Understanding Michigan Wrongful Death Claims

shutterstock_1426522850-300x200Car accidents frequently occur in the most unexpected ways and can yield devastating results. When an accident results in the death of a loved one and was potentially caused by negligence or wrongdoing of another driver, those who are responsible must be held accountable. In Michigan, you may be eligible for compensation through a wrongful death claim if you lost a loved one in a Michigan car accident.

According to a recent news report, a deadly local car crash killed a father and injured his family. The driver who caused the crash drove his pickup truck across the road’s centerline and crashed into a family heading in the opposite direction. Police who arrived on the scene reported that the driver who caused the collision was well beyond what constituted “super drunk” under Michigan laws. Based on the police report, the driver’s blood-alcohol level was at 0.34 percent, which is more than four times the legal limit in Michigan. Following the crash, the driver is facing several charges in connection with the accident and other crimes, such as possession of a loaded firearm. The local family that was hit had the father pronounced dead on the scene and the wife and two children badly injured in the crash.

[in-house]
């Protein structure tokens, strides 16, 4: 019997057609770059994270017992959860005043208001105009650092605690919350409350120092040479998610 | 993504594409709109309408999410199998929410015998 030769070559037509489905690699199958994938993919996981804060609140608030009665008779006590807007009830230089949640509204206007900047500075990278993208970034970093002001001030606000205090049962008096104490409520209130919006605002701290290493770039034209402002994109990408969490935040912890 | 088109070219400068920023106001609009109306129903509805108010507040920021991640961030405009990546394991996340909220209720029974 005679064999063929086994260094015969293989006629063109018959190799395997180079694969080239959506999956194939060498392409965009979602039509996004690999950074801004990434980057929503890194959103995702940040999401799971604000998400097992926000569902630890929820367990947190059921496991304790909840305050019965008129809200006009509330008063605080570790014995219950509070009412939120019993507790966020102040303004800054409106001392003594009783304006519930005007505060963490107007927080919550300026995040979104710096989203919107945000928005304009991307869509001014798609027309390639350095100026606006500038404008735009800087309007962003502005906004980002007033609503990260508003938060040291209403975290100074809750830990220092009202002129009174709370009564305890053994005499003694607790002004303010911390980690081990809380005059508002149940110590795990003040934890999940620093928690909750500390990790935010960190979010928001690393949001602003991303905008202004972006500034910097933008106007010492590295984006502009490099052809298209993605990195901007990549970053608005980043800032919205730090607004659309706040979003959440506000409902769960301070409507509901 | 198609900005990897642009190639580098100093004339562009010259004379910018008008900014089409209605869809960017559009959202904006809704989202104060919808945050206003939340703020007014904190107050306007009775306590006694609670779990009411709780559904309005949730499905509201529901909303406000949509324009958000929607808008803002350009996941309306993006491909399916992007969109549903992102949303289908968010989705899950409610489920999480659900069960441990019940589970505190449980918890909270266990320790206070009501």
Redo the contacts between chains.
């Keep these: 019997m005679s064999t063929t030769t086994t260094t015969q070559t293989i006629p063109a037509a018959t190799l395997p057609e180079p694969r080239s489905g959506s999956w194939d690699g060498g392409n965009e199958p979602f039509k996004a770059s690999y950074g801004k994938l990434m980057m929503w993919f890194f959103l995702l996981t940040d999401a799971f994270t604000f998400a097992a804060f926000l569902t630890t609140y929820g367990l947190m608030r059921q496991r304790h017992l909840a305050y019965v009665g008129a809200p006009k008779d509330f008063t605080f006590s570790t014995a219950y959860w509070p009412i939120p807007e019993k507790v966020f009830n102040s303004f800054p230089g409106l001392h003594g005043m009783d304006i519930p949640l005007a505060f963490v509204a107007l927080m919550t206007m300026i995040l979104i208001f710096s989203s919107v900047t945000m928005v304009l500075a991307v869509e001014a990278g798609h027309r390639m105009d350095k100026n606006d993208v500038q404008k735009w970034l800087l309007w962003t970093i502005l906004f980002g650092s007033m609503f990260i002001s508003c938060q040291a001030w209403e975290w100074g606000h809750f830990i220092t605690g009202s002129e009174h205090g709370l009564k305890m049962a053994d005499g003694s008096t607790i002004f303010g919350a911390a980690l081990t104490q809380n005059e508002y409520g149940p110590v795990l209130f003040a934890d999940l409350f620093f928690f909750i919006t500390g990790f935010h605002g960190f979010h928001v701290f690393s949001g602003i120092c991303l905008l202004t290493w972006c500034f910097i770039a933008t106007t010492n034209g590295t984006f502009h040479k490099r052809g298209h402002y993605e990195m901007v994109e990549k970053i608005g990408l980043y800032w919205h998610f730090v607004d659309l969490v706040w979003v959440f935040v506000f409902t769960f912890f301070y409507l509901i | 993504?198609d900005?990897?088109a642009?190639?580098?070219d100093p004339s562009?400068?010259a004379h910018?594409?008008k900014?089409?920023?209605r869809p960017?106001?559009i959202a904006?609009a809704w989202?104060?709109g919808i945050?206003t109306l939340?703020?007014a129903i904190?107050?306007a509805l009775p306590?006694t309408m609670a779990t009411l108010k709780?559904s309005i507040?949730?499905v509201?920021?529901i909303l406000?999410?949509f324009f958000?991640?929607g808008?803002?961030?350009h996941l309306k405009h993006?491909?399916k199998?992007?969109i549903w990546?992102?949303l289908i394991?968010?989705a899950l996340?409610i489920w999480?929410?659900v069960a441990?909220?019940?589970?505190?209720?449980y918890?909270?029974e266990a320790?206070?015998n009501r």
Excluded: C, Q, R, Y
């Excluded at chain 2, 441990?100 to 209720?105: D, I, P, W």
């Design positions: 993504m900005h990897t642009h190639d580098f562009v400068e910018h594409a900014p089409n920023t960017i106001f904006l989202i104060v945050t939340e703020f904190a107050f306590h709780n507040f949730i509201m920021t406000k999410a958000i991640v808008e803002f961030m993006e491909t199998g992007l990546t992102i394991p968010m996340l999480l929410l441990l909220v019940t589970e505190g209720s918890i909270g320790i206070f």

In Michigan, a wrongful death claim may be filed when a case involves a death “caused by a wrongful act, neglect, or fault of another.” When filing a wrongful death claim, it is typically executed by the estate or the family of the deceased person and liability is expressed in terms of monetary damages or compensation. The defendant would be responsible for compensating the family if they are found liable.

Wrongful death claims can be filed by family members, but Michigan laws limit family members who can bring a claim. Under Michigan law, the spouse and children, siblings, parents and grandparents, and anyone who was left property in the deceased’s will are eligible to receive compensation. If none of these people in these categories are alive or the deceased did not possess a will, however, anyone who would have been eligible to inherit the deceased’s estate can receive damages in a wrongful death case, such as other extended family members.

Family members are eligible to receive compensation covering reasonable medical expenses, funeral and burial fees, lost wages, costs related to damaged property, loss of consortium, and pain and suffering the deceased may have experienced in their final moments. Under Michigan’s statute of limitations governing wrongful death claims, accident victims have lawsuits three years from the date of death to file a wrongful death claim.

Do You Need a Michigan Personal Injury Attorney?

If you or someone you love has been recently injured or killed in a Michigan motor vehicle accident, contact the attorneys at the Neumann Law Group for immediate assistance. Our team of lawyers is committed to pursuing justice on behalf of accident victims in Grand Rapids, Traverse City, Detroit, and beyond. We handle all types of personal injury claims and look forward to seeing how we can help you. To schedule a free initial consultation today, contact us at 800-525-6386.

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